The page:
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Shale wave spreads with record wells outside US, led by China and Russia

11.18.2013  | 

Fracking in the UK will start next year, after the government lifted an 18-month moratorium imposed when a drilling company found it had accidentally caused earthquakes. Two utilities, Centrica Plc of Britain and GDF Suez SA of France, have bought stakes in the country’s drilling licenses.

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By Brian Swint and Nidaa Bakhsh
Bloomberg

A record 400 shale wells may be drilled beyond US borders in 2014, with most in China and Russia , according to energy consultants Wood Mackenzie Ltd. 

While that is a fraction of the thousands of shale wells drilled in the US, the number of rigs used onshore in Europe and the Asia-Pacific region has increased 10% over the past year, data compiled by oil services company Baker Hughes Inc. Most of those rigs are meant for shale, Bloomberg Businessweek reports in its November 18 issue.

“It’s likely there will be a revolution,” Maria van der Hoeven, executive director at the Paris-based International Energy Agency, said in an interview in London. “But not everywhere at the same time. And you just can’t copy the US experience.”

Fracking in the UK will start next year, after the government lifted an 18-month moratorium imposed when a drilling company found it had accidentally caused earthquakes. Two utilities, Centrica Plc of Britain and GDF Suez SA of France, have bought stakes in the country’s drilling licenses to help bankroll the drillers and win a cut of any profit.

“History repeats itself, yes, but nothing is ever the same,” said Christof Ruehl, chief economist at BP Plc in London. “There’s going to be developments outside the US and North America which will be big and important, no doubt. But it will take some time.”

Shale boom

The shale boom has moved the US closer to energy independence, added jobs, helped revive manufacturing, and lowered gas bills. Yet the conditions that fostered the US’ success do not exist in Europe and Asia. In some countries, landowners do not own the oil and gas in the ground: the state retains all mineral rights. Or a country may levy much heavier taxes than the US on oil and gas profits.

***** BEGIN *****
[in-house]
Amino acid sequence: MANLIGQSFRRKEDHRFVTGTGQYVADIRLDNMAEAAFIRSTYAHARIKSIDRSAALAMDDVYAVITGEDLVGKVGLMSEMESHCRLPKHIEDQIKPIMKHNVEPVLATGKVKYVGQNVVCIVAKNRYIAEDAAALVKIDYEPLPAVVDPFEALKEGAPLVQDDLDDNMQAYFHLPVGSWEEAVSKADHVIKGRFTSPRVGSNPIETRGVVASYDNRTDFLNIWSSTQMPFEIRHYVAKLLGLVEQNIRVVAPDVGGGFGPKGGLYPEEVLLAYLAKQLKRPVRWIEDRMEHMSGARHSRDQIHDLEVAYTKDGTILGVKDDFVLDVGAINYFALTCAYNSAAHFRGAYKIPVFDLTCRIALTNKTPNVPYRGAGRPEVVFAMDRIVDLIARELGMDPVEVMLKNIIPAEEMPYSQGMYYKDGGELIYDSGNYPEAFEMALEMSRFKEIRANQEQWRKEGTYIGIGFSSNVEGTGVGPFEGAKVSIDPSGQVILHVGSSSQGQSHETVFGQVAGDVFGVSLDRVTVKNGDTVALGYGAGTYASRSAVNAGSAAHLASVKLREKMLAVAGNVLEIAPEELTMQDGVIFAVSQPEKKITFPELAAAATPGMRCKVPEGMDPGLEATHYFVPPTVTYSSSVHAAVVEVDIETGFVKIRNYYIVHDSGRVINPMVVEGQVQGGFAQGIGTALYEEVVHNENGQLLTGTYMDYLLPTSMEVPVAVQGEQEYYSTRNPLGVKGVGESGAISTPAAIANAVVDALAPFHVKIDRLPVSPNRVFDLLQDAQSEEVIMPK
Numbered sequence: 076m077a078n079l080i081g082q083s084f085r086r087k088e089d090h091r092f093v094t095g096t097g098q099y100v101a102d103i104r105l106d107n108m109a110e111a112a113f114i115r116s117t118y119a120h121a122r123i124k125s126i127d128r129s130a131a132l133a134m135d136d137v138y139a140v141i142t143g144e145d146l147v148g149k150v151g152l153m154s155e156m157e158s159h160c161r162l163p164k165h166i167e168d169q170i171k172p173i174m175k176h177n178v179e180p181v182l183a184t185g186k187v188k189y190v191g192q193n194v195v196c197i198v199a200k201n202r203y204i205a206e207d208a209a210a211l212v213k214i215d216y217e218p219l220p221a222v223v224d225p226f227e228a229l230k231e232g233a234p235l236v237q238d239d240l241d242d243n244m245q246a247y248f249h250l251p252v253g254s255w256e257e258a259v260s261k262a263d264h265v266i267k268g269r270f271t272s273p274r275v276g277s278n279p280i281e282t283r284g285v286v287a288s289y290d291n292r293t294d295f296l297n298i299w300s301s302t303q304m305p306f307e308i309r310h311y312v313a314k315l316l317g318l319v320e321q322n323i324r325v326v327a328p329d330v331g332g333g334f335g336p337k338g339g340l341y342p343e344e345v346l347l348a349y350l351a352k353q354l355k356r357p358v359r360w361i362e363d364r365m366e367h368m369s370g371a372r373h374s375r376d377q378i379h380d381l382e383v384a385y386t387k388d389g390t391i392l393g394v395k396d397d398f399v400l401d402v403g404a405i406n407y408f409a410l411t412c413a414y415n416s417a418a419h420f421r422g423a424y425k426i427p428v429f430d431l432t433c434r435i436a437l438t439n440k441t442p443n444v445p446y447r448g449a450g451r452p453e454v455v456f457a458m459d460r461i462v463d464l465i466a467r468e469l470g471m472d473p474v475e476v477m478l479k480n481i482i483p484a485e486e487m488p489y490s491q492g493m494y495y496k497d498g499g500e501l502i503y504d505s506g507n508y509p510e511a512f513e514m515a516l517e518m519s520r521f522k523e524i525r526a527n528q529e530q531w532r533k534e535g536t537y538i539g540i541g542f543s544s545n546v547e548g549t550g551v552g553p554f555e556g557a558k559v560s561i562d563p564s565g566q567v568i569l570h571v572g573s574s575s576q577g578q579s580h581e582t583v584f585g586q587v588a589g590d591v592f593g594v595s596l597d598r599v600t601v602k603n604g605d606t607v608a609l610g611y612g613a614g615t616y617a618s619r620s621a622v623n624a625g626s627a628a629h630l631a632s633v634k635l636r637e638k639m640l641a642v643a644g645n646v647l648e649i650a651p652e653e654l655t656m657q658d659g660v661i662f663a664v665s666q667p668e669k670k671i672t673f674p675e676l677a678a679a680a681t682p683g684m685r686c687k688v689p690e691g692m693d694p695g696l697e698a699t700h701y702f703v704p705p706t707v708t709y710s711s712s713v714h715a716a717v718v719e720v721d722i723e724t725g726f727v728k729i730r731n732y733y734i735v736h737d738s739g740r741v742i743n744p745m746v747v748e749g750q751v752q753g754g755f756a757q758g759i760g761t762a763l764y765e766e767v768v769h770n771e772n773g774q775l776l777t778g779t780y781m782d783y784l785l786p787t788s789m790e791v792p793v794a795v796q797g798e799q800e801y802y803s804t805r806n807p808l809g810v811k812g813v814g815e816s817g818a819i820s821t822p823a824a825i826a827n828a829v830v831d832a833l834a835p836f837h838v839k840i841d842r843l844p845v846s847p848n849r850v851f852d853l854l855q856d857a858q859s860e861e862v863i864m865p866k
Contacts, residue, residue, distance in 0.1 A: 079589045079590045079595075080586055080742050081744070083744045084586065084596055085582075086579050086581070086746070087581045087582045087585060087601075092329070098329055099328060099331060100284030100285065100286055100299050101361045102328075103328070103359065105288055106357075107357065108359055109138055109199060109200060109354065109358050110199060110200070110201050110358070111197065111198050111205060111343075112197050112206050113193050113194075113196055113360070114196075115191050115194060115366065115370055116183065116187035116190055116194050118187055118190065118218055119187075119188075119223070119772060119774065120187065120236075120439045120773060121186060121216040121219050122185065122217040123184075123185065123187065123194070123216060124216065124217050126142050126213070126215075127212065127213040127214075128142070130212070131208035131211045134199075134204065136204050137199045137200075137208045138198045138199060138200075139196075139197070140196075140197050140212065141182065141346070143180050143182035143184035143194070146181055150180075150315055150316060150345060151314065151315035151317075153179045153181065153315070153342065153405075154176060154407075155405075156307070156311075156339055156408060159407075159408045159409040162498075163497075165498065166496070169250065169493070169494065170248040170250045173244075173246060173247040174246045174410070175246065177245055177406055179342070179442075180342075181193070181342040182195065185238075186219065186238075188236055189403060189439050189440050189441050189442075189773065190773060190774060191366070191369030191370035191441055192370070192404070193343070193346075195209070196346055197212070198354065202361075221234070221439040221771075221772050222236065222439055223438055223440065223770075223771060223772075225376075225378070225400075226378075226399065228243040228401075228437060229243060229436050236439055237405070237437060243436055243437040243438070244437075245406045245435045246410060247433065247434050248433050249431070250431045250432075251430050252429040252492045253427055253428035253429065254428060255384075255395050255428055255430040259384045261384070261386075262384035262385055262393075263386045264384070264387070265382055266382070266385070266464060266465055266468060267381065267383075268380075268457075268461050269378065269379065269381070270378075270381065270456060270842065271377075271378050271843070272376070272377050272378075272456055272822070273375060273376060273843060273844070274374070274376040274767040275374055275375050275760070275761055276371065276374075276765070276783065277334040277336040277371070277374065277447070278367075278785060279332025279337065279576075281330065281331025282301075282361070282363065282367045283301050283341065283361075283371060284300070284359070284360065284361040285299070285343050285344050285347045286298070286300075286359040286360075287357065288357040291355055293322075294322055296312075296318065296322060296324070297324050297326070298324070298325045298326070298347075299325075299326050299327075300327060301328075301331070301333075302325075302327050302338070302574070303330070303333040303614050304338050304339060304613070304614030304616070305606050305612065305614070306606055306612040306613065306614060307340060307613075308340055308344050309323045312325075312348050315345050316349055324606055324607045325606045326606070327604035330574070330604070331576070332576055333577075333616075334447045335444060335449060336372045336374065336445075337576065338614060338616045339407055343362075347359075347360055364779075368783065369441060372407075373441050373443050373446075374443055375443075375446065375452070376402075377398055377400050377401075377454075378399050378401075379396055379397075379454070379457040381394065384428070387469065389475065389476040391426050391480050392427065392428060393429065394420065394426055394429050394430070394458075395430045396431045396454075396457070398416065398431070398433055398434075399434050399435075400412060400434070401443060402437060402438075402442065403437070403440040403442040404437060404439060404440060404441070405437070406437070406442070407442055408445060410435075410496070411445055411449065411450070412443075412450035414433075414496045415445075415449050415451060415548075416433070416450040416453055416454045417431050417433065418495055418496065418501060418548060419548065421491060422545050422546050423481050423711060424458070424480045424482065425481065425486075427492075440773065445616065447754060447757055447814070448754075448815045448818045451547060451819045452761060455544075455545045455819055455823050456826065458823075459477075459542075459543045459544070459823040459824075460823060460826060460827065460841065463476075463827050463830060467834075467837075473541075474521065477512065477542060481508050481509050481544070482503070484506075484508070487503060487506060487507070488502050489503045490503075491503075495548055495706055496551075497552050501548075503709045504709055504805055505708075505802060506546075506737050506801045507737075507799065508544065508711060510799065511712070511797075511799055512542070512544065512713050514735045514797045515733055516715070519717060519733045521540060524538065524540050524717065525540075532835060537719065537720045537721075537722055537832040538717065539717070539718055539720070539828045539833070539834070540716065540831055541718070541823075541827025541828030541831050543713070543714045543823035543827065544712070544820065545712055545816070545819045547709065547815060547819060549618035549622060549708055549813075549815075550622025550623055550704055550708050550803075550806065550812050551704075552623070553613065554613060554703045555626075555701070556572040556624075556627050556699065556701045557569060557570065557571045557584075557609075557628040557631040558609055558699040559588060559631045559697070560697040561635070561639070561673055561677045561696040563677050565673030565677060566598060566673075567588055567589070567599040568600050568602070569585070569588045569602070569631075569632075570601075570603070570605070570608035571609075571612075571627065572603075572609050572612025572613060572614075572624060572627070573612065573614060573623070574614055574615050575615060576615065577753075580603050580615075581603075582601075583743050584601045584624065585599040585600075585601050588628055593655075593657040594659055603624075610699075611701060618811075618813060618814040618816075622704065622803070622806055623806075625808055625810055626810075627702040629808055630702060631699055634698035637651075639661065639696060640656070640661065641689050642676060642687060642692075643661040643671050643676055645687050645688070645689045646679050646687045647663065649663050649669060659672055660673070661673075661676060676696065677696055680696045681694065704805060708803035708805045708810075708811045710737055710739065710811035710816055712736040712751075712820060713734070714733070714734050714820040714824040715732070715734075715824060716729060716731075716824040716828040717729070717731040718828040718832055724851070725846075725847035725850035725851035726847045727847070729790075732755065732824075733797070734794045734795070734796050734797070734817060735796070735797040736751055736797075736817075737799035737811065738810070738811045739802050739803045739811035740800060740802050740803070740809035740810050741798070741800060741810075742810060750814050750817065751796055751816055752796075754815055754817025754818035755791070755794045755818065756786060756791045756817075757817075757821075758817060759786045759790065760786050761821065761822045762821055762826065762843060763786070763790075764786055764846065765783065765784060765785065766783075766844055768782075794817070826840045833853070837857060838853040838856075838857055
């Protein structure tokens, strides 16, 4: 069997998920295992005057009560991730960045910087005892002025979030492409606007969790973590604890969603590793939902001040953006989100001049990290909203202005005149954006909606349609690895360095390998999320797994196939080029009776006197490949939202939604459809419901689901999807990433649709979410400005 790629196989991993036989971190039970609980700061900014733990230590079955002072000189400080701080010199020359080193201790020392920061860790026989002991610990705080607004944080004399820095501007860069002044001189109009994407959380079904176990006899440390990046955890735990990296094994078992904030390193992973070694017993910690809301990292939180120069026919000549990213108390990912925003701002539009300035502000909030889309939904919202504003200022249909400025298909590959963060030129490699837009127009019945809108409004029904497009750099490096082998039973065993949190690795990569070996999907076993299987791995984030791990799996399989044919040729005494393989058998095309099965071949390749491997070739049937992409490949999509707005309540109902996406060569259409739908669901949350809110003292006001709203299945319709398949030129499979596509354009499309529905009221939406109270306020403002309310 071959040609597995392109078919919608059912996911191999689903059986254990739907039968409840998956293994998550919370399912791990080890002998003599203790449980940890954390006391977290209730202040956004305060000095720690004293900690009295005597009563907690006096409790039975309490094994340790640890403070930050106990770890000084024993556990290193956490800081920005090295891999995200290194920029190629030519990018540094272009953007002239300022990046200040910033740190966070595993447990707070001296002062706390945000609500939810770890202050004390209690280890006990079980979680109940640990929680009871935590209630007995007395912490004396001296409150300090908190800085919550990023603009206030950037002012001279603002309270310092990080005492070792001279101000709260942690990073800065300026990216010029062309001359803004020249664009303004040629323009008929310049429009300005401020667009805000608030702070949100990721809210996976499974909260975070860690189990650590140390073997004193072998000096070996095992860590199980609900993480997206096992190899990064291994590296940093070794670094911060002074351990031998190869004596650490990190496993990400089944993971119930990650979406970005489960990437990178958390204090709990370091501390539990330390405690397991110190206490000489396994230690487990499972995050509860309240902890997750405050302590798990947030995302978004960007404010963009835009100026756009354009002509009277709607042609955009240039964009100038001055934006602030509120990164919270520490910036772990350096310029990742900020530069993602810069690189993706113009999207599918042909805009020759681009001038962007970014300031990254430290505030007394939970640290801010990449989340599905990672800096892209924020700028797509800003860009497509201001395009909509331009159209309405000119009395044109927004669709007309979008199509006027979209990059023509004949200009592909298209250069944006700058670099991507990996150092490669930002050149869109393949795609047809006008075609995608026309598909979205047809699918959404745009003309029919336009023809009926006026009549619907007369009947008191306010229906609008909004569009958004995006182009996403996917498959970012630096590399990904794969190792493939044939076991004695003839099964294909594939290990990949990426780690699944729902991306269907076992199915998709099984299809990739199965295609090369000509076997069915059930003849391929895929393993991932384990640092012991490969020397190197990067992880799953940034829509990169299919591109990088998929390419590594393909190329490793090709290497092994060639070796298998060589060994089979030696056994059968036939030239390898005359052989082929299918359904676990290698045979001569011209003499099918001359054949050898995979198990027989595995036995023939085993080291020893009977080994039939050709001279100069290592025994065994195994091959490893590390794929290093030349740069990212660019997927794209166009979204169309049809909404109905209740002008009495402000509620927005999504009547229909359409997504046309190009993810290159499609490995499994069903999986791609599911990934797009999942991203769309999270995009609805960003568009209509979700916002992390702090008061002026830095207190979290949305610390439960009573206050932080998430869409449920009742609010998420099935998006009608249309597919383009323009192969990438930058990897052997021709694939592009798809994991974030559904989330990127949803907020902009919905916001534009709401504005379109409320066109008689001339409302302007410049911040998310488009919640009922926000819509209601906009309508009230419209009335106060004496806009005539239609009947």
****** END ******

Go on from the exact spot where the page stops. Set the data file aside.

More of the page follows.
Once they start fracturing, though, countries such as China , Argentina, and Russia could experience new oil and gas booms.

China has the largest shale gas reserves, estimated at 1,115 Tcf, followed by Argentina at 802 Tcf. In shale oil, Russia tops the list with about 75 billion barrels, according to a report by the US Energy Information Administration. Australia, Poland and Algeria all have big potential.

Argentina may be the first to capitalize on its shale resources with production expected as early as 2015, according to research by BCG, the Boston Consulting Group.

Oil players

Fracturing outside the US is likely to be good for the big oil players. Royal Dutch Shell Plc teamed up with China National Petroleum Corp. this year to explore in Sichuan, the province that accounts for 40% of China’s shale reserves. Hess Corp. is exploring with CNPC in the western Xinjiang region. YPF SA, the Argentine oil company, has joined with Chevron Corp. and Dow Chemical Co. to tap deposits in the south American country’s vast Vaca Muerta formation.

“Within three to five years, there should be exponential growth in drilling as there was in the US,” Edward Morse , head of commodities research at Citigroup Inc., said in an interview. “The big problem isn’t replicating the geology; it is replicating the critical ingredients that got the American shale revolution going.”



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nassereddin eftekhar
11.19.2013

A realistic article! Well, within five years from now one is wondering how big the "shift" in geographical world of O&G would be?

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